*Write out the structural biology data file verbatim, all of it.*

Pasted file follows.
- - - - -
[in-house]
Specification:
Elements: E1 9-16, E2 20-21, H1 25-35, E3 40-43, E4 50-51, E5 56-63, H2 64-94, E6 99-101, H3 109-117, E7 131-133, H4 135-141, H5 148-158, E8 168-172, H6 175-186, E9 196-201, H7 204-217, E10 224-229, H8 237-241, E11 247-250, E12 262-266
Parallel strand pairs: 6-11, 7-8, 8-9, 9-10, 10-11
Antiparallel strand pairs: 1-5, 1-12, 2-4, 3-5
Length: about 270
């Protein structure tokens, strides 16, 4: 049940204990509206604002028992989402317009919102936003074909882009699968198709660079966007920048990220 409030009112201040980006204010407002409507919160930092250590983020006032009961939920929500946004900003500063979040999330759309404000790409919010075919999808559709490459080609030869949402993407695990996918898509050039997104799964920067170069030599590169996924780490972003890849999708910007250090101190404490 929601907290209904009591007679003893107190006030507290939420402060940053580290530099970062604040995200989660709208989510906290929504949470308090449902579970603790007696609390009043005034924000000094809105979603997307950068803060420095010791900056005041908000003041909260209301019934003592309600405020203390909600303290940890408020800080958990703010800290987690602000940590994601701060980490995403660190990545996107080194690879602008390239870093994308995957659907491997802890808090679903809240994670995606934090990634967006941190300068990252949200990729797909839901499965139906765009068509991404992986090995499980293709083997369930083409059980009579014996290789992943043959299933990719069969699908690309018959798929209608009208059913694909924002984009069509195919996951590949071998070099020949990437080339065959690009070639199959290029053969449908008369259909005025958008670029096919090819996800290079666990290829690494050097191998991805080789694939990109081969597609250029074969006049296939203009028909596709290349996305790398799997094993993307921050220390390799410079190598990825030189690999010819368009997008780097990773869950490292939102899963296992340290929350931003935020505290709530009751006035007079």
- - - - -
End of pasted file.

[in-house]
Specification:
Elements: E1 9-16, E2 20-21, H1 25-35, E3 40-43, E4 50-51, E5 56-63, H2 64-94, E6 99-101, H3 109-117, E7 131-133, H4 135-141, H5 148-158, E8 168-172, H6 175-186, E9 196-201, H7 204-217, E10 224-229, H8 237-241, E11 247-250, E12 262-266
Parallel strand pairs: 6-11, 7-8, 8-9, 9-10, 10-11
Antiparallel strand pairs: 1-5, 1-12, 2-4, 3-5
Length: about 270
């Protein structure tokens, strides 16, 4: 049940204990509206604002028992989402317009919102936003074909882009699968198709660079966007920048990220 409030009112201040980006204010407002409507919160930092250590983020006032009961939920929500946004900003500063979040999330759309404000790409919010075919999808559709490459080609030869949402993407695990996918898509050039997104799964920067170069030599590169996924780490972003890849999708910007250090101190404490 929601907290209904009591007679003893107190006030507290939420402060940053580290530099970062604040995200989660709208989510906290929504949470308090449902579970603790007696609390009043005034924000000094809105979603997307950068803060420095010791900056005041908000003041909260209301019934003592309600405020203390909600303290940890408020800080958990703010800290987690602000940590994601701060980490995403660190990545996107080194690879602008390239870093994308995957659907491997802890808090679903809240994670995606934090990634967006941190300068990252949200990729797909839901499965139906765009068509991404992986090995499980293709083997369930083409059980009579014996290789992943043959299933990719069969699908690309018959798929209608009208059913694909924002984009069509195919996951590949071998070099020949990437080339065959690009070639199959290029053969449908008369259909005025958008670029096919090819996800290079666990290829690494050097191998991805080789694939990109081969597609250029074969006049296939203009028909596709290349996305790398799997094993993307921050220390390799410079190598990825030189690999010819368009997008780097990773869950490292939102899963296992340290929350931003935020505290709530009751006035007079």